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Selling advertising

Posted by Baronbern on November 27, 2010 at 4:00 AM

Right from the start, Tauchnitz books carried advertising for other Tauchnitz books, on the covers as well as sometimes on internal pages. Later on, catalogues of various kinds were inserted, as well as advertising bookmarks and leaflets, and then separate free catalogues produced that were almost the size of the books themselves. So Tauchnitz were well aware of the value of advertising and marketing. But they almost never carried any advertising for companies other than themselves.

 

  

 

So it’s a bit of a surprise to come across a small number of Tauchnitz paperbacks carrying advertising for shoe polish, and meat extracts.

They appear to be limited to a handful of issues around 1892 / 1893 and be linked to the launch of the Tauchnitz magazine. The magazine, like most other similar magazines, carried extensive advertising, and for this purpose Tauchnitz appointed as advertising agents, Rudolf Mosse in Leipzig and Berlin, and John Hart in London. A high proportion of the adverts were for hotels in Europe, presumably reflecting the sale of the magazine to travellers on the Continent, but there were others for, amongst others, an invalid chair manufacturer and a supplier of dogs to the crowned heads of Europe.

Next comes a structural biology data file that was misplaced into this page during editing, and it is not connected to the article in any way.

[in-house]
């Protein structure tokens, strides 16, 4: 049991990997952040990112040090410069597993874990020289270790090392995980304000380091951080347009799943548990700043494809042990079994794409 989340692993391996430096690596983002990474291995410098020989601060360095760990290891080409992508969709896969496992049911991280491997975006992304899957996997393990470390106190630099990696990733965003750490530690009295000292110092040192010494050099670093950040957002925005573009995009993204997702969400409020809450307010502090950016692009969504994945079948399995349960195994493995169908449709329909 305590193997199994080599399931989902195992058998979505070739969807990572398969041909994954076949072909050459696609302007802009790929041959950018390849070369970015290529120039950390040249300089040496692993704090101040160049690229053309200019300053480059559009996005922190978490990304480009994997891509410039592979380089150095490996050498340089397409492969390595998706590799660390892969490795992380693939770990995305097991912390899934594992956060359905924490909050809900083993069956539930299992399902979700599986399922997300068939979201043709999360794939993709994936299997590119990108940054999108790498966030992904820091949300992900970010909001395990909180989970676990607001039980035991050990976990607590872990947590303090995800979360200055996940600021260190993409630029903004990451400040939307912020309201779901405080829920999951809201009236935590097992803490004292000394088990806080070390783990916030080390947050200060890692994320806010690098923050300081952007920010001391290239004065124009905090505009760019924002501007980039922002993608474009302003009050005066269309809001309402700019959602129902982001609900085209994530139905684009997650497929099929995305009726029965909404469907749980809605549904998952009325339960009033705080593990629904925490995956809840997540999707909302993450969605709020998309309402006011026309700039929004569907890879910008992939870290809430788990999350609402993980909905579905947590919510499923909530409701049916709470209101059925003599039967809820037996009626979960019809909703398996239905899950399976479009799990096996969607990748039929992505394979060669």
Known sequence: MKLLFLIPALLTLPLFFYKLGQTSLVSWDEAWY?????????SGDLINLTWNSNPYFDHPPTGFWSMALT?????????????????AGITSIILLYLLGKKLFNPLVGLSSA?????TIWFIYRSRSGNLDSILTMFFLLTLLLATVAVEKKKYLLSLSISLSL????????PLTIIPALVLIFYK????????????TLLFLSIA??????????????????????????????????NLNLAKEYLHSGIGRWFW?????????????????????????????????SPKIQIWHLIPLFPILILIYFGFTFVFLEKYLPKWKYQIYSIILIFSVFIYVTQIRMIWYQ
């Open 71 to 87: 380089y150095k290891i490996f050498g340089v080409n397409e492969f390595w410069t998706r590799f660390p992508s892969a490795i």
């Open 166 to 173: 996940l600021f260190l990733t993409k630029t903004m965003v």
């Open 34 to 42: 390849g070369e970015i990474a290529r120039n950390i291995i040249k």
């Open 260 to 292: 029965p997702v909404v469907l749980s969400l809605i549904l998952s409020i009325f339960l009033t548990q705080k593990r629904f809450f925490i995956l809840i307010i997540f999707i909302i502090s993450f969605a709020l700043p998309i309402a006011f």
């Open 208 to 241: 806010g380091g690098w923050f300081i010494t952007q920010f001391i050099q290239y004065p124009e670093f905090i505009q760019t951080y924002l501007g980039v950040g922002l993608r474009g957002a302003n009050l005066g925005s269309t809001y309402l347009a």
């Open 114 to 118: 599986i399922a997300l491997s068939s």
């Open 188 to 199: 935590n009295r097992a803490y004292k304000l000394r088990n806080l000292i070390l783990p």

Was it perhaps Mosse or Hart who suggested to Tauchnitz that they could also supply advertisements for the books as well as the magazines? Whoever it was who took the initiative, the magazine launched with adverts in August 1891, and the earliest book I have seen carrying similar adverts was in September 1892. They lasted only for a few months through to February 1893 and then seem to have stopped.

 

 

Perhaps the most intriguing adverts are for other publishers. There are adverts for both the Society for Promoting Christian Knowledge (SPCK) and for George Allen. The first of these includes in the books listed, ‘Jackanapes’ by Mrs. Ewing, already published by Tauchnitz several years earlier, and the second a series of works by John Ruskin, none of them at that time published by Tauchnitz, although two would be later. There can’t be many examples of publishers including adverts in their books for versions by other publishers, of books they published themselves.

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